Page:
Meme Stocks With Value: 7 Strong Buys that Can Rise Without Roaring Kitty


  • BP (BP): BP stock has from time to time been popular with meme traders, yet it’s a strong choice for value investors as well.
  • DTE Energy (DTE): DTE may not seem like a value stock at first, but given its potential for steady gains and yield, it offers good value to investors.
  • First Trust High-Income Long/Short Fund (FSD): FSD is a high-yield meme stock that’s also a merger arbitrage play.
  • Read more about the top value meme stocks to buy today!
Value Meme Stocks to Buy - Meme Stocks With Value: 7 Strong Buys that Can Rise Without Roaring Kitty


The return of Keith Gill (aka Roaring Kitty), a prominent figure in the meme stocks saga, may have sparked a brief revival of the investing trend last week. However, the latest latest meme wave has come and gone. And while some of the most popular meme stocks may be pulling back, there are a few value meme stocks to buy.

Meme stocks may be best known for making big moves driven by speculative frenzy rather than fundamentals. But that’s not to say that every stock in this category is overvalued and/or has poor fundamentals. Let’s take a look at seven of them, and see why they have more than just hope and hype on their side.


BP stock: the BP company logo on a building
Source: FotograFFF /

BP (NYSE:BP) may at first not sound like the sort of stock popular with meme traders, but shares in the U.K.-based oil and giant have from time to time popped up on lists of most discussed stocks by meme traders.

Rising crude oil prices earlier this year may explain its off-and-on popularity. Yet even as oil prices pull back, you may want to buy BP stock. Why? For one, BP, at just eight times forward earnings trades at a discount to its U.S. counterparts. Shares also sport a 4.68% forward dividend yield.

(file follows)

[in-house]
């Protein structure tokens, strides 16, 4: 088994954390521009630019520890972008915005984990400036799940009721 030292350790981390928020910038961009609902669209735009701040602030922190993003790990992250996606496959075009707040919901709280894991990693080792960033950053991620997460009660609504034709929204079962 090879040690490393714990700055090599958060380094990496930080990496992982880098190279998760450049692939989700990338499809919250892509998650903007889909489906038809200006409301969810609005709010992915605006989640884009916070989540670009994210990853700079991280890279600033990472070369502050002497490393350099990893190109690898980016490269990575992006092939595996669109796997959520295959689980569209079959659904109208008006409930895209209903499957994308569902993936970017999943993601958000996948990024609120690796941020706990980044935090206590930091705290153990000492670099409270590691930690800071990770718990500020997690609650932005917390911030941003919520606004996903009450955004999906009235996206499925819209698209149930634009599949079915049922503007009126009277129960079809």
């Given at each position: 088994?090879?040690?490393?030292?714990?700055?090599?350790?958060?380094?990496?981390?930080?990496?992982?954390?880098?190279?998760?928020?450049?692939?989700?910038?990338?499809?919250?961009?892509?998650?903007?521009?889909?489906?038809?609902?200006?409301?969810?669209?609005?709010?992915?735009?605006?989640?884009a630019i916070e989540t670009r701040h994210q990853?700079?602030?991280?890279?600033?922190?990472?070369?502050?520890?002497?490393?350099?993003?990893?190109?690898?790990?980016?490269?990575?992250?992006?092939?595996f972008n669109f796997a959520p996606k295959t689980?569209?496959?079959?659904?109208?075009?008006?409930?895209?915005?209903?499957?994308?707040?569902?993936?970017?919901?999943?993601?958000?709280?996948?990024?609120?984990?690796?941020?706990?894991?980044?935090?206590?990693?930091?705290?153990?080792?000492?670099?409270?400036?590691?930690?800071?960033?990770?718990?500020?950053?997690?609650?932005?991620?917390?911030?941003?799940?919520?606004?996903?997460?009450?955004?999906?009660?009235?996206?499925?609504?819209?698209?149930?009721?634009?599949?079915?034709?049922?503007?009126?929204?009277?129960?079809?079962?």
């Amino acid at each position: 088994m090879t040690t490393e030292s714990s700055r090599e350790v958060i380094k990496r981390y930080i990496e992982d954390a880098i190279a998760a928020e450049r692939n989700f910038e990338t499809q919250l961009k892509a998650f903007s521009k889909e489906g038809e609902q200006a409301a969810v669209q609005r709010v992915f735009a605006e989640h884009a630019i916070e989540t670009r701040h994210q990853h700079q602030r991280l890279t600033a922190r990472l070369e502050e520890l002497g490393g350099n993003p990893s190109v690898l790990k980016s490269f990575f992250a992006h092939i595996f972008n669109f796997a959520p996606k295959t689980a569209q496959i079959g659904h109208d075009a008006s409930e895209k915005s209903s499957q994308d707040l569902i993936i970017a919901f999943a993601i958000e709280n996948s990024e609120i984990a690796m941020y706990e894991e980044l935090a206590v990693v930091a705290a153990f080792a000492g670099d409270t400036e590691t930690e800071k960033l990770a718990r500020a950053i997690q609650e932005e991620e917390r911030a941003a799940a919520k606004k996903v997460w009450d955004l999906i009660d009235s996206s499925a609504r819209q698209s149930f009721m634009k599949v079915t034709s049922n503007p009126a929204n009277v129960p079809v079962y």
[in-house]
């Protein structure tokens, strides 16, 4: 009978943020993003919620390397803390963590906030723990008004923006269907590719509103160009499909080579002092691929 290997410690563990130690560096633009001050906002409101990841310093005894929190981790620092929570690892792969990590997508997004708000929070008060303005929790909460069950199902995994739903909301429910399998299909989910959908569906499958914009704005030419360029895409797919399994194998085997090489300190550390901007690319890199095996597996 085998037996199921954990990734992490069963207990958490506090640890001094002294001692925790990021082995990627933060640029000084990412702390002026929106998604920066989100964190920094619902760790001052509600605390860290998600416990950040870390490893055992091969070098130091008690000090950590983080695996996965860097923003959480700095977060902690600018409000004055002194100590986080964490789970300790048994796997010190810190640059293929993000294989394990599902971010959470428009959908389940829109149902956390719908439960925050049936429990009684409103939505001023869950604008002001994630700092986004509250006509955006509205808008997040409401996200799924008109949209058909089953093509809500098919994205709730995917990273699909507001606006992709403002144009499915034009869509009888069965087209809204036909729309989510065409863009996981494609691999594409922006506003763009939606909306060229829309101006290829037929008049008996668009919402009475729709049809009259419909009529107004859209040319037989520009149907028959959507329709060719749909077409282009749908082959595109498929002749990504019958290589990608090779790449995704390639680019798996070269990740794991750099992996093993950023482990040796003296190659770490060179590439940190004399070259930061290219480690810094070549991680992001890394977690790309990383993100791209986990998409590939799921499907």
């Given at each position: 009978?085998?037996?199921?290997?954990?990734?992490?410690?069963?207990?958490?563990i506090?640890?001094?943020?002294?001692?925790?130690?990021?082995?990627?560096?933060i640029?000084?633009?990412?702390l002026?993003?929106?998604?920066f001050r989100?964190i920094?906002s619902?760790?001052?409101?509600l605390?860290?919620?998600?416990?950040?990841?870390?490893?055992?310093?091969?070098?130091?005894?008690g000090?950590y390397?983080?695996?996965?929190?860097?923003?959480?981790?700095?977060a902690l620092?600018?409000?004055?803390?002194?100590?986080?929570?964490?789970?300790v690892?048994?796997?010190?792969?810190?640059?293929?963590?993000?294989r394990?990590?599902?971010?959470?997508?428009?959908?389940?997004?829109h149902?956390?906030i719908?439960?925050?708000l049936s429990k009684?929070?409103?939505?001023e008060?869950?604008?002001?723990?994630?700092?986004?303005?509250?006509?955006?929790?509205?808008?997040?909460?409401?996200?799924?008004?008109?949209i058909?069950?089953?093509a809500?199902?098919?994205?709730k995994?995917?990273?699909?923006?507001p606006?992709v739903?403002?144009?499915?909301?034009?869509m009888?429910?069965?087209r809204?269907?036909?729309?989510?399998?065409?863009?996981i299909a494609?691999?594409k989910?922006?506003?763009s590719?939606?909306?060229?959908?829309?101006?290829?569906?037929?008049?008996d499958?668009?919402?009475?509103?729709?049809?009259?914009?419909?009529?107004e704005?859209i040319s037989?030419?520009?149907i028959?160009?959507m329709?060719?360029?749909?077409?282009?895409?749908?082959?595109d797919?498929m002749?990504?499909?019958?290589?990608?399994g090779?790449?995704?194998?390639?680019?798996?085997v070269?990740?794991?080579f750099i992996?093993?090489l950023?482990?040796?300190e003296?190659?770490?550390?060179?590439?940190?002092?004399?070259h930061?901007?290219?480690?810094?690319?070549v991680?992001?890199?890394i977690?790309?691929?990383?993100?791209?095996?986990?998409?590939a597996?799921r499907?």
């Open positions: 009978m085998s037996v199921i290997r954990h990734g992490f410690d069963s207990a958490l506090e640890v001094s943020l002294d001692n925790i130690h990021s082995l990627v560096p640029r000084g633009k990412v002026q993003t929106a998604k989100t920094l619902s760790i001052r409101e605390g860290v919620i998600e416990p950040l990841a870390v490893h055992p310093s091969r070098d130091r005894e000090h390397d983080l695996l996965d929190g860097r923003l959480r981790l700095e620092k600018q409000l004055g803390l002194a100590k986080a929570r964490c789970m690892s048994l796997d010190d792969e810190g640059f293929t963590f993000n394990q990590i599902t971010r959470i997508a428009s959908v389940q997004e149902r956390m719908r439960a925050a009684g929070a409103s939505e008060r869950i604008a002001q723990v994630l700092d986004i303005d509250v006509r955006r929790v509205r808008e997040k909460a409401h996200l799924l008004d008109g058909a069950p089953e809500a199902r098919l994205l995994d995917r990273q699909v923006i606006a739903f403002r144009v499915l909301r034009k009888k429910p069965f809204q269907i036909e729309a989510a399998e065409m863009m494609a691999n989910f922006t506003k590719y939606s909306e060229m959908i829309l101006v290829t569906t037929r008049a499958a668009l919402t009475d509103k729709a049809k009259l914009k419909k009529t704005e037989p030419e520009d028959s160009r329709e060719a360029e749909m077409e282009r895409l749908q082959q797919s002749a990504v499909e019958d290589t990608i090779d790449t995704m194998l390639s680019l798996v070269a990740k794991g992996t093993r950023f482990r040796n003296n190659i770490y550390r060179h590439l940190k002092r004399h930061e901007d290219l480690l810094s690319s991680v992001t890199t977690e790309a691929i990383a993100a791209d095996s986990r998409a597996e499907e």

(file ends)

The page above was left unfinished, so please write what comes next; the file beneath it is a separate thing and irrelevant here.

Not only that, the company has been aggressive when it comes to share repurchases, with buybacks totaling $8 billion in 2023 alone. Beyond maximizing the profitability of its fossil fuel assets, BP continues to live up to its prior slogan “beyond petroleum,” with its big move into charging stations and other renewable energy businesses.

DTE Energy (DTE)

Front entrance of DTE Energy in Michigan.
Source: ehrlif /

DTE Energy (NYSE:DTE) is another “old school” company popular among “new school” investors. According to ApeWisdom, a tracker of meme stock popularity, shares in this Detroit, Michigan-based utility company are currently the sixteenth most-talked about stock on r/WallStreetBets and related subreddit.

Yes, at 17.5 times forward earnings, and you may at first question me calling DTE stock one of the value meme stocks to buy. This forward multiple puts shares on par with similar utility names. However, as my InvestorPlace colleague Muslim Farooque pointed out earlier this year, DTE is pouring $23 billion into growth projects over the next few years.

These projects may result in consistent earnings growth for the company. This growth, coupled with DTE’s dividend, could result in solid long-term returns. Speaking of the dividend, DTE currently has a forward yield of 3.51%. Payouts have increased annually for 14 years in a row.

First Trust High Income Long/Short Fund (FSD)

A man in a suit pointing to a dollar sign representing SONX Stock. high-risk high return stocks
Source: NicoElNino /

First Trust High Income Long/Short Fund (NYSE:FSD) is a closed-end fund (CEF) specializing in fixed-income securities like bonds and debentures. Last year, my InvestorPlace colleague Alex Sirois called it one of the best meme stocks for meaningful income.

FSD stock today is still a high-yielder. Its current forward yield comes in at 10.58%. This big dividend, paid out on a monthly basis, may just well be what attracted meme investors in the first place. However, that’s not the only angle at play with FSD.

The fund is the subject of a pending merger with Abrdn Income Credit Strategies Fund (NYSE:ACP), another CEF. ACP currently trades at 0.88% premium to its net asset value (NAV). FSD trades at a 5.33% discount to its NAV. This implies that a merger arbitrage opportunity exists, as FSD investors are to receive ACP shares equal to NAV.

Harley-Davidson (HOG)

A close-up photograph of the tank to a Harley-Davidson motorcycle with raindrops on it.